schedule.Every(TimeSpan.FromMinutes(5), () => bus.Send(new CallLegacySystem()));

// Name a schedule task and invoke it every 5 minutes
schedule.Every(TimeSpan.FromMinutes(5), "MyCustomTask", SomeCustomMethod);

When not to use it

  • As soon as your task starts to get some branching logic (if or switch statements) or you start to add business logic, instead of a simple Bus.Send() or a Bus.SendLocal(), you should consider moving to a saga.
  • Often, instead of polling for a certain state using the Scheduler API, you can use an event sending model, where an event is published when the expected state transition occurs, and the necessary action is then taken by an event message handler which is subscribed to it.
  • When you have requirements that are not currently supported by the Scheduler API. For example, scaling out the tasks, canceling or deleting a scheduled task, doing a side-by-side deployment of a scheduled task as outlined in the following section.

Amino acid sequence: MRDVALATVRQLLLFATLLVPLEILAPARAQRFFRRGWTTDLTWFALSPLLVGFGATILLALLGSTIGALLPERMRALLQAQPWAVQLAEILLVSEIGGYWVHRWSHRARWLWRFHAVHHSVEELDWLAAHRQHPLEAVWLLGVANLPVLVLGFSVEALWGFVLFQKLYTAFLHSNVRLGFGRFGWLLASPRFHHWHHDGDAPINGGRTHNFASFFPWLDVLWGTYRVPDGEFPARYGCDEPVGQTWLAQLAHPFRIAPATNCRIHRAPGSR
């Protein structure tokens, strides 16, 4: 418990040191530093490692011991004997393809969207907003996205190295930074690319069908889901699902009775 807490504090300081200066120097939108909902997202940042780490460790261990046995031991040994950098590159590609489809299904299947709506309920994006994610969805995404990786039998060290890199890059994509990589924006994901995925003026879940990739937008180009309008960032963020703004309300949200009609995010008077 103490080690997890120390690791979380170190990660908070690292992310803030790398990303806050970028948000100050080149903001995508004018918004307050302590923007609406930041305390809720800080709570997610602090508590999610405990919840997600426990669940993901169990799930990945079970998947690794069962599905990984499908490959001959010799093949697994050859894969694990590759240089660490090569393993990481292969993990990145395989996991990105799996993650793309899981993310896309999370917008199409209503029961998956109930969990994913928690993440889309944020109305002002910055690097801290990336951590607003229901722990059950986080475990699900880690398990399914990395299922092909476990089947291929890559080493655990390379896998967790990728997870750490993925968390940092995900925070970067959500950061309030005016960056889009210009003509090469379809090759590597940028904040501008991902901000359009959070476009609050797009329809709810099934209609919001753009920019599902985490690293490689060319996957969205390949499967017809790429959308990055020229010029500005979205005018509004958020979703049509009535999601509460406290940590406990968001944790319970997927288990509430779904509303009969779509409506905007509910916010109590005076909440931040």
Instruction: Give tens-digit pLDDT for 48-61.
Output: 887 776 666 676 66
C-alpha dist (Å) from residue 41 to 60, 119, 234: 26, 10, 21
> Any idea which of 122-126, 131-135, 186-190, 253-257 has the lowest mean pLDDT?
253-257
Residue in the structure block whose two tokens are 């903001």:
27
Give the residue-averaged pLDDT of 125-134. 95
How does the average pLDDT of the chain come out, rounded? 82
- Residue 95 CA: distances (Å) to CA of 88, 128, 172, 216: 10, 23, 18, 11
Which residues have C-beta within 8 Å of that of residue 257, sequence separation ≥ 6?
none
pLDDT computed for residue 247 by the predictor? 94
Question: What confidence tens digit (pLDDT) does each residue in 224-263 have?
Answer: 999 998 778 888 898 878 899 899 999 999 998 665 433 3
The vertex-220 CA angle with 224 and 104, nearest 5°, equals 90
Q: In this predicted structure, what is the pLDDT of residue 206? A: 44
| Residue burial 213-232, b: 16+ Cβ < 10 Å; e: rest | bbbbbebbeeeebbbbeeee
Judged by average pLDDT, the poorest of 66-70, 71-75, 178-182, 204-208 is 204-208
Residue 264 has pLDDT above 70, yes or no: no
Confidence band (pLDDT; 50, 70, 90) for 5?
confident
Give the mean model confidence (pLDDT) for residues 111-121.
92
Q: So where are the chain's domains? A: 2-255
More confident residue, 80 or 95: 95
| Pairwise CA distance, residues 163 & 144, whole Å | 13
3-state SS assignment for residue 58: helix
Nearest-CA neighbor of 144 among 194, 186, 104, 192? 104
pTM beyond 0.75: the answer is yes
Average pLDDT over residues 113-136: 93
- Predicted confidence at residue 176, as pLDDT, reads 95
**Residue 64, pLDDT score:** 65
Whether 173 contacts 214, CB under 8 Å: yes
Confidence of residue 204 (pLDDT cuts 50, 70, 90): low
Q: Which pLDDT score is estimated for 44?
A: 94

Current Limitations

  • Since the scheduler is non-durable, if the process restarts, all scheduled tasks (that are created during the endpoint's startup) are recreated and given new identifiers. Tasks scheduled before the restart that arrive at the endpoint queue will not be found although a message will be written to the log as information.
  • Scheduled tasks, once created, cannot be canceled or changed.
  • While the task repeat interval can be specified, setting a specific time for the task to run is not supported by the scheduler.
  • Each scheduled task will be executed in a new task generated by the Task Parallel Library using Task.Factory.StartNew(Action). This means that by default there will be no transaction scope and that it is up to you to create one if needed.